More Lazy Journalism at LowEndMac

6 minute read

It may start to look like I have a personal jihad against the fine folks at LowEndMac, but I really don’t. I enjoy a lot of their content. Their archived Mac technical information is pretty good. Well, it used to be. It’s now filled with missing files (Error 404 abound!) and all attempts to notify them seem to be directed into /dev/null (or “sent into the void” for my less geeky readers). Some of their articles are interesting and inspiring.

Some are not. Today’s example is Four Classic Mac OS Features Still Missing in OS X by Jeff Adkins. He brings up four things he misses from OS 9.

  • Tabbed folders – aka tab drawers. Drag a Finder window to the bottom of the screen and it turns into a tab.
  • A more complete location function. Changing locations changes a myriad of settings instead of just network connection ones.
  • Installing and temporarily disabling system extensions at startup.
  • Link all kinds of sounds to system events.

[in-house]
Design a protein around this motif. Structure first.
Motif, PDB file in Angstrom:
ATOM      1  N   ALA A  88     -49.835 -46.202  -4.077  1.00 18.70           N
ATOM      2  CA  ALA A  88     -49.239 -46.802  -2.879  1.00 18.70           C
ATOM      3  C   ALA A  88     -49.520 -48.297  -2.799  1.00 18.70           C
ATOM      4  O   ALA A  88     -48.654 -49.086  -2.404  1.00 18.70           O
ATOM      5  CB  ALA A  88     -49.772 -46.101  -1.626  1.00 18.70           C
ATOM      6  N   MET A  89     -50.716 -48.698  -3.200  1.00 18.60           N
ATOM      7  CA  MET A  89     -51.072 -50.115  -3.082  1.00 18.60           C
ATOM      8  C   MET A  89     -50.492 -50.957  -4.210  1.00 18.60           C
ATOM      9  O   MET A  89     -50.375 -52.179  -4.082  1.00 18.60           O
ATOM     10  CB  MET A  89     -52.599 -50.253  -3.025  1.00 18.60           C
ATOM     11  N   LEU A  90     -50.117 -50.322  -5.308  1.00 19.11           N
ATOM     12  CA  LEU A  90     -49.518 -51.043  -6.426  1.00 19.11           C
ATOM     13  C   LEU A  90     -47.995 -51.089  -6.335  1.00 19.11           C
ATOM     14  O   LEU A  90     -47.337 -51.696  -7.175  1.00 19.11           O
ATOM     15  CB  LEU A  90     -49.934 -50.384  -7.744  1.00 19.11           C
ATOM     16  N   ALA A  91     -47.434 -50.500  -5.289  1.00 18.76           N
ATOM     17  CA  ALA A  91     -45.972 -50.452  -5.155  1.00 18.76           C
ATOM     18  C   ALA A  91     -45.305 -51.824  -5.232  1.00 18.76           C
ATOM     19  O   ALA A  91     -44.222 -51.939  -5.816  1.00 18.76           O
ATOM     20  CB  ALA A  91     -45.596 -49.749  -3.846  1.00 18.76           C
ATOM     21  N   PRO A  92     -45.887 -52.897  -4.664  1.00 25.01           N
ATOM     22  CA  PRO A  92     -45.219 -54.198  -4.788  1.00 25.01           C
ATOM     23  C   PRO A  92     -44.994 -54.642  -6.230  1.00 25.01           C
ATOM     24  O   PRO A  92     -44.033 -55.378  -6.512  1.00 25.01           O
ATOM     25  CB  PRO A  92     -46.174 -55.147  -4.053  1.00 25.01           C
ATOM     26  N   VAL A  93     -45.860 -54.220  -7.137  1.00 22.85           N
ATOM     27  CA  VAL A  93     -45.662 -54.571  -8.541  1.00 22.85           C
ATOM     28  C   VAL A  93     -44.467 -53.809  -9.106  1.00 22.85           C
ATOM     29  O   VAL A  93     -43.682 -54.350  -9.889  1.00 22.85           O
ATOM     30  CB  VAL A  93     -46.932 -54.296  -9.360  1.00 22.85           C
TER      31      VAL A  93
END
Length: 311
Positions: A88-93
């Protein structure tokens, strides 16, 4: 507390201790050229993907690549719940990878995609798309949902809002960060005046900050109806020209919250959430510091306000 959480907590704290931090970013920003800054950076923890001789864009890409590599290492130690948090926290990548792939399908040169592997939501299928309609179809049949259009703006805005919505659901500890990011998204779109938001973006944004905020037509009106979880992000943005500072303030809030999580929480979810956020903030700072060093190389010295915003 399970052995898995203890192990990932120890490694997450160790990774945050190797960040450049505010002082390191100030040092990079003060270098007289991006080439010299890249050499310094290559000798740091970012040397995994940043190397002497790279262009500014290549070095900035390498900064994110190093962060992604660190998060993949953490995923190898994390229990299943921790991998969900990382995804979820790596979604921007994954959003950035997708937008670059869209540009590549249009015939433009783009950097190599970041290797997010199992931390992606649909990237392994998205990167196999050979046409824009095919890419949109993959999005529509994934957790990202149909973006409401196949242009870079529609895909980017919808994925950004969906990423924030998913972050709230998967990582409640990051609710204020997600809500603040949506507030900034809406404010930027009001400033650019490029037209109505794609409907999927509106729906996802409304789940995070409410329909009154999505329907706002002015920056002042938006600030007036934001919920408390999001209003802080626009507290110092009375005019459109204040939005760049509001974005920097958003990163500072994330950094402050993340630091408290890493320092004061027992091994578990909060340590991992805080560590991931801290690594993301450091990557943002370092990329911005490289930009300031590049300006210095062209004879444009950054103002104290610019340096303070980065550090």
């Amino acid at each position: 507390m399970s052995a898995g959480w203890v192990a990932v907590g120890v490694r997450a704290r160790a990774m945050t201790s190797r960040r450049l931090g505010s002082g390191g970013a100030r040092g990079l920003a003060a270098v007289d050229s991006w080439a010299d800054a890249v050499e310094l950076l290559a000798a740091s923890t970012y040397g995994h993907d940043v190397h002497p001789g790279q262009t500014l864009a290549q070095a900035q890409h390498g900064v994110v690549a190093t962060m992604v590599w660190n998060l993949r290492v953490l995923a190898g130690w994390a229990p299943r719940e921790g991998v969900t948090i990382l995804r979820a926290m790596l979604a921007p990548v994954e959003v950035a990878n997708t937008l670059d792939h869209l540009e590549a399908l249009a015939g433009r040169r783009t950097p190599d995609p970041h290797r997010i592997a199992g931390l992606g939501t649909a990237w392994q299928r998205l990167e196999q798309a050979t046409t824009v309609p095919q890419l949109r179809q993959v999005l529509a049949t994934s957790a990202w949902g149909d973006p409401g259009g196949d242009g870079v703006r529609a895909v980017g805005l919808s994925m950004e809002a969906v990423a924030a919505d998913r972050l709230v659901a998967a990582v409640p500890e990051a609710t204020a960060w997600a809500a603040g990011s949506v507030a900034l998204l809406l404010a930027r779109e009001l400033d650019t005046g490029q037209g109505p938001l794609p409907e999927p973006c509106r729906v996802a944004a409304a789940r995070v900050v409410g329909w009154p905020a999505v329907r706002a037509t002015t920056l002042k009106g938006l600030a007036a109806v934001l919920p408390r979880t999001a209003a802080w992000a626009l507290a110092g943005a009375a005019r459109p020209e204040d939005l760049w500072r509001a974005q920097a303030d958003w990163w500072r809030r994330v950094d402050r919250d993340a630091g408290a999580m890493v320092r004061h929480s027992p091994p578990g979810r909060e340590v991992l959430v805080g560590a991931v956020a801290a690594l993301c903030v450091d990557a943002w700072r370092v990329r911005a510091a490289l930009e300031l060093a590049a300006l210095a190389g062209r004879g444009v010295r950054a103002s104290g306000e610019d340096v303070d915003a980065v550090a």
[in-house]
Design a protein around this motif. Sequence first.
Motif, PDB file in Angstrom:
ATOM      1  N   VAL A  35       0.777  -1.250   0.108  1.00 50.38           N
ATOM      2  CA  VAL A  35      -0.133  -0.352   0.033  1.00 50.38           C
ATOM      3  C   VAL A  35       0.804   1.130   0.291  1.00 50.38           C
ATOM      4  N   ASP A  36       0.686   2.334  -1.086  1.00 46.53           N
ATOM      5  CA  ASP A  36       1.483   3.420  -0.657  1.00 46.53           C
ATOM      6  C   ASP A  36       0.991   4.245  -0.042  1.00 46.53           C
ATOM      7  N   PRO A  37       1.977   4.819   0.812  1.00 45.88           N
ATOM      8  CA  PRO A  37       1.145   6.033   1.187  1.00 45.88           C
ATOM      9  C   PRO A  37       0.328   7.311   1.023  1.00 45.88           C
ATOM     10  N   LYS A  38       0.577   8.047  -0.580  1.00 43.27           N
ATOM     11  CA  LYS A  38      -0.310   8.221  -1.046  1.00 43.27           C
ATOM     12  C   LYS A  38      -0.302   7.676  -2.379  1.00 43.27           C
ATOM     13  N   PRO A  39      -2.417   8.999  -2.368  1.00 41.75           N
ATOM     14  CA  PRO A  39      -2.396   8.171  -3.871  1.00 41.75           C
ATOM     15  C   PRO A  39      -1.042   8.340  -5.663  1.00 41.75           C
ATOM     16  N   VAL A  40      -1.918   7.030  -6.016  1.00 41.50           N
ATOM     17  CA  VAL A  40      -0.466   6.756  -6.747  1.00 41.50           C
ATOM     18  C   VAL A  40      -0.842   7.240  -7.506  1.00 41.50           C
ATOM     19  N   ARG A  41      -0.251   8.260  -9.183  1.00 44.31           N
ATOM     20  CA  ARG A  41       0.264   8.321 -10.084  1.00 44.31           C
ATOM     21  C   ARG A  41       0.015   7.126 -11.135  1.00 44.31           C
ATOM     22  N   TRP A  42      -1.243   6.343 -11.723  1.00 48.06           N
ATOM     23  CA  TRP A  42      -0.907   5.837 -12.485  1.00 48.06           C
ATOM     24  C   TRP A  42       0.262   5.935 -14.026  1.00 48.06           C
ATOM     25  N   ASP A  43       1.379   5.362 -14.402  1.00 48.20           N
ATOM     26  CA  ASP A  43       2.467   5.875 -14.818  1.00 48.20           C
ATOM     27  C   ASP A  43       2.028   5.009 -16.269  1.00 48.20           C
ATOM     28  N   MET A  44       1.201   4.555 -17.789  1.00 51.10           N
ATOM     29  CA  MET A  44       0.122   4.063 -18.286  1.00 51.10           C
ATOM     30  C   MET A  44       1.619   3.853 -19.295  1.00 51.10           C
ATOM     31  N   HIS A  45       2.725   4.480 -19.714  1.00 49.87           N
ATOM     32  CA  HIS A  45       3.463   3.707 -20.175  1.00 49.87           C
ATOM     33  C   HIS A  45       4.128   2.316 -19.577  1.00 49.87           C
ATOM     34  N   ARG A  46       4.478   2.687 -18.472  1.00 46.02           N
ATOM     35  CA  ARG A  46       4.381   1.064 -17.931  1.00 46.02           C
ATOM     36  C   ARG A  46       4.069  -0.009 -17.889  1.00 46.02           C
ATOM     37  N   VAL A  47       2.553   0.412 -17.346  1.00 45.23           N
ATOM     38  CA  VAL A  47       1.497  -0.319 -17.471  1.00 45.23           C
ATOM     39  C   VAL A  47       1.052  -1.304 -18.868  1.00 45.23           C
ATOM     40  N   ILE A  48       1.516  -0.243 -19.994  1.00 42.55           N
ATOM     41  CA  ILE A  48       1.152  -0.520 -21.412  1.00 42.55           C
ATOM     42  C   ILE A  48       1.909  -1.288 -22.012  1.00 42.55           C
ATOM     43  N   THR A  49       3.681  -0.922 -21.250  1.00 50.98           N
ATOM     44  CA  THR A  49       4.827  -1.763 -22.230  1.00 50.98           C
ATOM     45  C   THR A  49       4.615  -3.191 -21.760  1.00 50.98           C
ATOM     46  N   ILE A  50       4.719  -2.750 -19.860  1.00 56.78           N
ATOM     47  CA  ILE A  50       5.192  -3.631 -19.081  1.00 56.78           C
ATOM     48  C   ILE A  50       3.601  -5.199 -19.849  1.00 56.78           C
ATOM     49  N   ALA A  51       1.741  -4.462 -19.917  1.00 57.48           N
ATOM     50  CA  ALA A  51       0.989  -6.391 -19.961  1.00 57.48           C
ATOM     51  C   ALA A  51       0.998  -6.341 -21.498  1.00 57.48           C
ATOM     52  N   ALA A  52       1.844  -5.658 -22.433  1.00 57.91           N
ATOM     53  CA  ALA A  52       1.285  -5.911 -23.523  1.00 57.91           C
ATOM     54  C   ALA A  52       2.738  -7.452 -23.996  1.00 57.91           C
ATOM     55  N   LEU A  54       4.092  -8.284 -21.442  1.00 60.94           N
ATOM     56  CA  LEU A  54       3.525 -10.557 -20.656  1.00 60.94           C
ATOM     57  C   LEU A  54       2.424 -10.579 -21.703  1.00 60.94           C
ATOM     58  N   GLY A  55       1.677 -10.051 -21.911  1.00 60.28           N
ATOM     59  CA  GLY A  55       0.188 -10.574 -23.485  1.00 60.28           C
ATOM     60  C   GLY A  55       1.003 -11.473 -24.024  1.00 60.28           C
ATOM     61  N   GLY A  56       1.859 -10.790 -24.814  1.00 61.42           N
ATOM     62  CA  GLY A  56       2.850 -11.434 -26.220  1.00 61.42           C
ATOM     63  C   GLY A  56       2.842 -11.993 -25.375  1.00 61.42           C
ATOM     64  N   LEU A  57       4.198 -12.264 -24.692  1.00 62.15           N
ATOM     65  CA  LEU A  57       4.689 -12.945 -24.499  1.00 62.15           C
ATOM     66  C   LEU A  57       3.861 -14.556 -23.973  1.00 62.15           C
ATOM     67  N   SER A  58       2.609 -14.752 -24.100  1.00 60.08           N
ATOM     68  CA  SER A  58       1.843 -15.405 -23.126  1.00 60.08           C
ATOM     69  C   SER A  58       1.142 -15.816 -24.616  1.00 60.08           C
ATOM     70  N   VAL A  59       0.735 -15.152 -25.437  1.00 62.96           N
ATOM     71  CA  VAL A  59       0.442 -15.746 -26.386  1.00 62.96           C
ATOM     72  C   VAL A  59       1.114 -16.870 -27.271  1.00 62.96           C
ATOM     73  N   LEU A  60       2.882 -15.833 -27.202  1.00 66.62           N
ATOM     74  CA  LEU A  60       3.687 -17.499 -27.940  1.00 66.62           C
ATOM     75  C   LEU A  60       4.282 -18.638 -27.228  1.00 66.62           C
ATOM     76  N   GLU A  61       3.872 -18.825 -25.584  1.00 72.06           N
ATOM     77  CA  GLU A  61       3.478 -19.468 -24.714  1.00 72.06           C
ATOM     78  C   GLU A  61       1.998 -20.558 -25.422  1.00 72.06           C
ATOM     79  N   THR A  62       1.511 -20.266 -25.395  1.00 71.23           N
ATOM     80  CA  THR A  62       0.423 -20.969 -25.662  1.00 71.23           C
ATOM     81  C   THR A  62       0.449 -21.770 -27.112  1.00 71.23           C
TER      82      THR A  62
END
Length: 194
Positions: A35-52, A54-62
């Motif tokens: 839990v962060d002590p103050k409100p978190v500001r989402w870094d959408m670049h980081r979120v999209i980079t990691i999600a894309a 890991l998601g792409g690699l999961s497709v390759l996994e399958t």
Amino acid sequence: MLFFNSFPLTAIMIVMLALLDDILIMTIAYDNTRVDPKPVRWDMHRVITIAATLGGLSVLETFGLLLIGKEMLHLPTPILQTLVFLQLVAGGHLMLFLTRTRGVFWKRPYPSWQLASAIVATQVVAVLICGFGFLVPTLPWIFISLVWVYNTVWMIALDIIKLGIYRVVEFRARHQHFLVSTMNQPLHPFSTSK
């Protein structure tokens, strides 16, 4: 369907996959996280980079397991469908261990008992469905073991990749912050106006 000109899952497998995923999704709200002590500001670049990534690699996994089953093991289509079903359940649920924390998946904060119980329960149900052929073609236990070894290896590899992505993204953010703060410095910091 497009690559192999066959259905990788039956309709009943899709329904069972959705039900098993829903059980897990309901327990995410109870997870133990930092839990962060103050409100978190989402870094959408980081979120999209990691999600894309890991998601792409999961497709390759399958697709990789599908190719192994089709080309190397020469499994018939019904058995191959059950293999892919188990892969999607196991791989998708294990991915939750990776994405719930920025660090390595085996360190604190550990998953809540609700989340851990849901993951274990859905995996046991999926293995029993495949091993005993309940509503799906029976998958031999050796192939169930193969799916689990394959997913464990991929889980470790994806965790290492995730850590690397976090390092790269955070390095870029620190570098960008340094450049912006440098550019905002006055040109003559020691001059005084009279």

I will give Jeff the first two. They were handy features. The latter two are examples of poor journalism.

Extensions are dead. Long live extensions!

Perhaps the biggest problem of OS 9 and earlier was the existence of extensions. They were essentially little plugins that added all kinds of functionality to the OS. To do anything slightly interesting, a developer generally had to include one of these. Want a new menu in the menu bar? You need an extension. Want to burn CDs? You need an extension. So on and so on.

This wouldn’t have been a problem except that extensions had a nasty habit of interfering with one another. Rather than dealing with this somewhat gracefully by disabling features should a conflict occur, these conflicts would cause crashes because OS 9 was rather unstable in this regard. One had to be knowledgable in order to hunt down and solve these problems. You had to know what you could disable, which extensions were interrelated, and when extensions should loaded. It was no small task, and as such, they were done away with.